Animal-related injuries are an unusual hazard of farming that have received little study. We studied risk factors for animal-related injury as part of a population-based, case-control study of agricultural injuries. Cases were farm residents living in a geographically defined area of central Wisconsin who had injuries associated with farm animals from May 1990 to April 1992 which required medical or chiropractic care. Controls were selected at random from a special census of farm residents in the area. Telephone interviews regarding demographic characteristics, farming practices, and safety behaviors were completed for 70 of 71 cases (98.6%) and 183 of 221 potential controls (82.8%). Based on a multivariable logistic regression model, the only statistically significant risk factor for animal-related farm injury was the number of hours worked per week (3% increased risk per hour). Several farm characteristics were linked with animal-related injury, but the associated 95% confidence limits included 1.0: non-resident workers on the farm (OR=2.20; 95% C.I.: 0.93-5.21), use of all-terrain vehicles for chores (OR=0.47; 95% C.I.: 0.22-1.04), and feeding cows in the barn in summer (OR=0.39; 95% C.I.: 0.15-1.00). Future studies of animal-related farm injury should obtain more specific information on animal husbandry practices.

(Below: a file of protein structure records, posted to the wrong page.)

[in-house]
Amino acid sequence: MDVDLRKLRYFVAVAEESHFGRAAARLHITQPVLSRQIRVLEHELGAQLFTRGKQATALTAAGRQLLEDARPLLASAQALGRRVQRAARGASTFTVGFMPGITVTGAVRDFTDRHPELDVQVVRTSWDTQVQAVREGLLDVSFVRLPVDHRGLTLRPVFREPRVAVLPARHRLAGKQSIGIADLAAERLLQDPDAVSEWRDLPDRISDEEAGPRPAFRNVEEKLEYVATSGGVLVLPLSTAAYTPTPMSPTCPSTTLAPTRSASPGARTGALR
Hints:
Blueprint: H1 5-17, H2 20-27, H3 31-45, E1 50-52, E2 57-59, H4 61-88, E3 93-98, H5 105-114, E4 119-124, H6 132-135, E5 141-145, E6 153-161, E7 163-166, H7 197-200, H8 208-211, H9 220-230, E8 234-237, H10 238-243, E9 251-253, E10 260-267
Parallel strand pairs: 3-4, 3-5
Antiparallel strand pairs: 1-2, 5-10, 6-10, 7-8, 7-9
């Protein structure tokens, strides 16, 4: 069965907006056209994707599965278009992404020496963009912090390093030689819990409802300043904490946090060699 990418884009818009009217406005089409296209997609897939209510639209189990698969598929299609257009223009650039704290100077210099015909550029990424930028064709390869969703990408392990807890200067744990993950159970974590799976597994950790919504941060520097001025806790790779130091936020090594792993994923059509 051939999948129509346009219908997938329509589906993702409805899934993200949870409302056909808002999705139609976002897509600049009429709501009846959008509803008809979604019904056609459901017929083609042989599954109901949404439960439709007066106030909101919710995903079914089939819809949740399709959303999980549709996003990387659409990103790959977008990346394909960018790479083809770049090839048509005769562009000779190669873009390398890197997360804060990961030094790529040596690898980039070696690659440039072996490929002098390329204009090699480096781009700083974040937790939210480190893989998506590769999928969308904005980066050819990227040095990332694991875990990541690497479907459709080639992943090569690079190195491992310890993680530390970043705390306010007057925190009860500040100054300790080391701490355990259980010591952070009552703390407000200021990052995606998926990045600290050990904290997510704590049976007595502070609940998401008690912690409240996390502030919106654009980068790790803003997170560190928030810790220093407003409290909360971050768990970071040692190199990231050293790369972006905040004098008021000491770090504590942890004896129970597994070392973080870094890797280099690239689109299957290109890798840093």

Full article can be found in: Journal of Agricultural Safety and Health
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